The pacing of the book seemed very off to me. It took literally half the book to get to the point and then even then it felt like we dwelled on things that should have just passed by and we glossed over major moments in the story. At the end there was a huge plot twist (ok, maybe not *huge* but still pretty big) and it felt like we only read about that one thing, until it wasn’t a thing anymore. And the book basically ended in the middle of things. To end it, all the loose ends were just tossed into the epilogue and you’re left thinking, “Why in the world would you do that?” It’s like all these big decisions were made and then just added in as an afterthought. I did not like.

In addition, the characters weren’t that likable. The best one was London, and she was 6. At the beginning I thought that Russell (a.k.a. Russ) was going to be a relatable character, but then I realized that he’s basically a doormat. And he reminds me of someone in my family who I just really don’t like and that’s all I could think about the entire time.┬áPlus his wife is a mean woman and I can’t stand her. His parents aren’t that great either, they seem very hands-off. The best adult characters are Russell’s sister, Marge, and her partner, Liz. They seem like they would be chill individuals.

One more thing. I’ve said this before and I’ll say it again, the writing and dialogue are way too formal and try-hard. People don’t talk like that, Nicholas! I know it’s proper grammar, but no one speaks those words in the real world. And if you do, people probably think you’re pretentious. At some points in the book the conversation was so robotic that I actually imagined robots speaking in my mind while I was reading. That shouldn’t be your goal here, bro.

Overall, I might read this book again, but it will be a while before I do. I’m definitely keeping it because my grandma gave it to me for my birthday and she wrote a nice inscription in it and I love my grandma a whole lot.

Next up is finishing “Buffering” by Hannah Hart. Plus I started rereading “A Series of Unfortunate Events” by Lemony Snicket, so I’m about 30 pages in on “The Bad Beginning.” I probably haven’t read those books since high school and I forgot how short they are. And also how clever they are.

I think I’ll go sleep now,
Maegan

“Harry Potter and the Half-Blood Prince” by J.K. Rowling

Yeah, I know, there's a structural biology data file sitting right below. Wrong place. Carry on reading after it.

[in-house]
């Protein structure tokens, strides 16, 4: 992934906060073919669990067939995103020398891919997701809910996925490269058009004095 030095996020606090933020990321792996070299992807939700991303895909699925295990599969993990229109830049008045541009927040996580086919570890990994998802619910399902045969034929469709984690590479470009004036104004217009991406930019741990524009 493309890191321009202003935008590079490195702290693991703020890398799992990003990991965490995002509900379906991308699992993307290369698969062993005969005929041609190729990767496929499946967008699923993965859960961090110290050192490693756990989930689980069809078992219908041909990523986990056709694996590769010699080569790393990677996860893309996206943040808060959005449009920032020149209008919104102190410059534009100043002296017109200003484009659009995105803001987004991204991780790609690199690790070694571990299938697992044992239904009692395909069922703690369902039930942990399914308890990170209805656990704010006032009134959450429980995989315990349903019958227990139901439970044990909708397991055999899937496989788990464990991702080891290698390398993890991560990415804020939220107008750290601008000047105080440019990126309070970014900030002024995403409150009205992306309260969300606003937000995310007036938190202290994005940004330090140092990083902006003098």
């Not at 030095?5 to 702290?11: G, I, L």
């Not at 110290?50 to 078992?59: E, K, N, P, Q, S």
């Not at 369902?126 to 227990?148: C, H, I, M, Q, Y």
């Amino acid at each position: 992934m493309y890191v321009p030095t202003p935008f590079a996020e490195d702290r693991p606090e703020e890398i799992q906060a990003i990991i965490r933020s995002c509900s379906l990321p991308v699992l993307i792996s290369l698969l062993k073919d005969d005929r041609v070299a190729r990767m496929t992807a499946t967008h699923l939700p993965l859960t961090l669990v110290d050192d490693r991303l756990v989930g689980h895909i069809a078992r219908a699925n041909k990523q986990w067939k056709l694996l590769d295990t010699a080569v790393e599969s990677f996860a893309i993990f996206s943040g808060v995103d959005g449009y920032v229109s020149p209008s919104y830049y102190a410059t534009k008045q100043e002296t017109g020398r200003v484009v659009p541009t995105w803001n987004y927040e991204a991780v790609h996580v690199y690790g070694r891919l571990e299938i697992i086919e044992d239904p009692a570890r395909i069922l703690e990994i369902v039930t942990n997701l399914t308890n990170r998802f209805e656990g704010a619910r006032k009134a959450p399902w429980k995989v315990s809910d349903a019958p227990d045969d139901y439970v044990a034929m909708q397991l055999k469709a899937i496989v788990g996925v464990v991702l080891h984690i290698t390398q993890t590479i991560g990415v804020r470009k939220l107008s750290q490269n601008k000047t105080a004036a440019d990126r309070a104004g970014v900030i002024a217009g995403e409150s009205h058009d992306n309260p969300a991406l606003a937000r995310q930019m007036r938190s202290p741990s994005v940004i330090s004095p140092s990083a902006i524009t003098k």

hbp-us-jacket-artI thought it was going to take me much longer to finish this book, but I got through it surprisingly quick, considering that I pretty much only listen to it when I’m driving to and from work.

I’m just really excited now that I get to read “Harry Potter and the Deathly Hallows,” because that is clearly the most superior book in the series.

At this point, Harry Potter is 16 years old and has had more near death experiences that probably my entire family will face in all our lifetimes. And yet, he perseveres in the quest to end Lord Voldemort’s life. It feels like this is about the spot where J.K. Rowling decided that 16 year olds were old enough to experience some really messed up moral stuff and that is how Horcruxes came to be. I really wonder if the Horcruxes were something she had been thinking about all along or if they just came to here in this book. So many questions for J.K. and I’m sure exactly zero will be answered.

Not only do we get to read about good vs. evil and the links one man/monster will go to for immortality, but we also get to see some awkward teen romance, which just does everything for the characters. The one thing that kinda bothers me there is that Harry has just decided he likes Ginny, even though she’s been pining for him for years. She is too good for him, imo.

I want to start “Harry Potter and the Deathly Hallows,” but I am also juggling three different series right now and I’m trying to wrap at least one of them up first. Probably “The 100” series. I can’t wait for that blog post, because I sure do have some thoughts on those books now. I’m also still working on “The Heir,” which is part of “The Selection” series. Eventually I also want to get to “A Series of Unfortunate Events.” In due time, I believe.

That’s all for now,
Maegan